The problem of the other mind is that if I can only observe others behavior, then how can I be sure that they have a mind and are not doing their work automatically? This problem is precipitated by the dualist view that the mind is private, irreducible, and only contingently associated with physical things. The problem of the other mind is a critique of mind body dualism because dualism assumes that we cannot know what other people have in mind. On the other hand, the problem of the other mind assumes that we can ascertain what is in the mind of other people. Therefore to be consistent, the dualist assumptions must be rejected (Wilson, 1972).
The problem of the other mind is often used to support rival theories such as behaviorism. Behaviorists hold that to ascribe a mental state to someone is only to say something about that person’s actual or hypothetical behavior. To be in pain is just to behave, or at least be disposed to behave, in the ways we stereotypically associate with pain—crying out, wincing, favoring the injured part, etc. Behaviorism begins by denying everything that the dualist holds dear: There are no non-physical minds, but there are thinking people. So each person is the very same thing as his or her body, and exists only so long as the body continues to function (Carnap, 2002) (Ryle, 1992) (Putnam, 2002).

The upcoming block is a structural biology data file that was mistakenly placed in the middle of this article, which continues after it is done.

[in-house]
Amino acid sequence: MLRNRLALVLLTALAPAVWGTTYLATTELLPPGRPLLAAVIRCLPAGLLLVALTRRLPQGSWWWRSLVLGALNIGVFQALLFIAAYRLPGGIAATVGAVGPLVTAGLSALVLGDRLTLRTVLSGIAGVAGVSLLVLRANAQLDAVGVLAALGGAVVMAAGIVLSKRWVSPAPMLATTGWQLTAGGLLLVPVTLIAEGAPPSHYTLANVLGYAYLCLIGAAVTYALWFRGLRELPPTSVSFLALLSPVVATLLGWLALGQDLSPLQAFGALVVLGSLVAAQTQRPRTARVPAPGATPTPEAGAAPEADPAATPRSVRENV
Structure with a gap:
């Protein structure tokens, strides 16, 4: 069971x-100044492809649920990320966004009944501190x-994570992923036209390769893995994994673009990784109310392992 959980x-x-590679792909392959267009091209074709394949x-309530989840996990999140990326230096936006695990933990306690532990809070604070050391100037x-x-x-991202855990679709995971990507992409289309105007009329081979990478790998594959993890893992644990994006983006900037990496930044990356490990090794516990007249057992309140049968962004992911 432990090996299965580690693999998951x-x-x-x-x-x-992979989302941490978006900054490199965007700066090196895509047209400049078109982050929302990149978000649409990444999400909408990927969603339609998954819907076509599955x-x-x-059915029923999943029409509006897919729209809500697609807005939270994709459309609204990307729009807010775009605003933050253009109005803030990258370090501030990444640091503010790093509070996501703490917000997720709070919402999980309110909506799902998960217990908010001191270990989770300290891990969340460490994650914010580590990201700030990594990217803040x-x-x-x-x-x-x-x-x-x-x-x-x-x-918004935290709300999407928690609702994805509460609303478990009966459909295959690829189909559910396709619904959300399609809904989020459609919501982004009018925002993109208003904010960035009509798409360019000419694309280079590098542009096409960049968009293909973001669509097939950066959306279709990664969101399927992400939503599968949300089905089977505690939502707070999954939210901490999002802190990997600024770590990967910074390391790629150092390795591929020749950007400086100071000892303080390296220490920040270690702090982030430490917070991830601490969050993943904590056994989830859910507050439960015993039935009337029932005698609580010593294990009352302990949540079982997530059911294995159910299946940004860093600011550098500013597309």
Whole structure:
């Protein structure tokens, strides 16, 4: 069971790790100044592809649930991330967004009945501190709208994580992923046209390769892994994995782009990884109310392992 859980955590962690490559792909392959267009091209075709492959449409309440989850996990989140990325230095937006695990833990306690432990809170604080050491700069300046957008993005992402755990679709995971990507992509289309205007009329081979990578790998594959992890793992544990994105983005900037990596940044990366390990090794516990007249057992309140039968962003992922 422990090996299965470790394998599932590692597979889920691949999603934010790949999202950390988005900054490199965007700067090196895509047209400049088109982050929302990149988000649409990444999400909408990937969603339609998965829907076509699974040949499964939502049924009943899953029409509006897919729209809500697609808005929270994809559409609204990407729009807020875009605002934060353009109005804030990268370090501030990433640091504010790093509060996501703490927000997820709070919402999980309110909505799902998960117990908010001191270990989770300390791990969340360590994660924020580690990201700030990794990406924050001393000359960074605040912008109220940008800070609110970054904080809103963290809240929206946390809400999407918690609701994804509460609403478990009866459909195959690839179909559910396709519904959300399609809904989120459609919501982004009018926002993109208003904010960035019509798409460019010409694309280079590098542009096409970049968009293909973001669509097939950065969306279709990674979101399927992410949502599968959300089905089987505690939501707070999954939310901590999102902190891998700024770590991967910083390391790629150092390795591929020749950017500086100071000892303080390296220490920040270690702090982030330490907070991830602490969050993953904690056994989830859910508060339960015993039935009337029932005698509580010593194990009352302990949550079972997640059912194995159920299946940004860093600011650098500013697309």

Some behaviorists focus on the language used in describing mental states and behaviors. Since mind can only mean ‘your experience of the world’ or ‘what it is like to be me’, it is a distortion of language to make it mean a distinct mental substance. According to them, Descartes was looking for some special entity separate from the body and forms of behavior called a ‘mind’; the mind body problem is stemming from a misinterpretation of common terms (Ryle, 1992).
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